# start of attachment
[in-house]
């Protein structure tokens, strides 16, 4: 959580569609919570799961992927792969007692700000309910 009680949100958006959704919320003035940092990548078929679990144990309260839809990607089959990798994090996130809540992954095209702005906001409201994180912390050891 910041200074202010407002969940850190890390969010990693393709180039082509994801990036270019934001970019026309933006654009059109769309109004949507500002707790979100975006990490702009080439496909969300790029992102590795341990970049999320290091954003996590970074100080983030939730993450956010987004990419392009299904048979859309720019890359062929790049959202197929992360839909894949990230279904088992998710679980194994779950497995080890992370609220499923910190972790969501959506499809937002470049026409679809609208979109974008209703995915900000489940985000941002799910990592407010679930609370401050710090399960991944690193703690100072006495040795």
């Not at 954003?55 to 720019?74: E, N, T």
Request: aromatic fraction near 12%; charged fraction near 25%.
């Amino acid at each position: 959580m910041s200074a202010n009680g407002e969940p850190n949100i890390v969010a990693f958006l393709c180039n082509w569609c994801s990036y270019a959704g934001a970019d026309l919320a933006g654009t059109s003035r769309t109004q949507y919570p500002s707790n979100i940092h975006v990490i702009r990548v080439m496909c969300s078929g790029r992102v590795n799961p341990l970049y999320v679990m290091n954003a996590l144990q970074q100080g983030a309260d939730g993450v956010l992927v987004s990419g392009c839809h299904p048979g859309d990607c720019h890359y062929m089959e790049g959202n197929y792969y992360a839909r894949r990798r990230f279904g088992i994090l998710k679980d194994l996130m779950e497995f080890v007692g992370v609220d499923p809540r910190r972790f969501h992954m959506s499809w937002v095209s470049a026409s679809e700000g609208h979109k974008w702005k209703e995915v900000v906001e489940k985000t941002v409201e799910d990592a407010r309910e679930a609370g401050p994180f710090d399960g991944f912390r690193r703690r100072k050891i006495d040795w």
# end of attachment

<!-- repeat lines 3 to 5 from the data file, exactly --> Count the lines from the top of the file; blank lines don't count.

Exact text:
């Not at 954003?55 to 720019?74: E, N, T």
Request: aromatic fraction near 12%; charged fraction near 25%.
């Amino acid at each position: 959580m910041s200074a202010n009680g407002e969940p850190n949100i890390v969010a990693f958006l393709c180039n082509w569609c994801s990036y270019a959704g934001a970019d026309l919320a933006g654009t059109s003035r769309t109004q949507y919570p500002s707790n979100i940092h975006v990490i702009r990548v080439m496909c969300s078929g790029r992102v590795n799961p341990l970049y999320v679990m290091n954003a996590l144990q970074q100080g983030a309260d939730g993450v956010l992927v987004s990419g392009c839809h299904p048979g859309d990607c720019h890359y062929m089959e790049g959202n197929y792969y992360a839909r894949r990798r990230f279904g088992i994090l998710k679980d194994l996130m779950e497995f080890v007692g992370v609220d499923p809540r910190r972790f969501h992954m959506s499809w937002v095209s470049a026409s679809e700000g609208h979109k974008w702005k209703e995915v900000v906001e489940k985000t941002v409201e799910d990592a407010r309910e679930a609370g401050p994180f710090d399960g991944f912390r690193r703690r100072k050891i006495d040795w």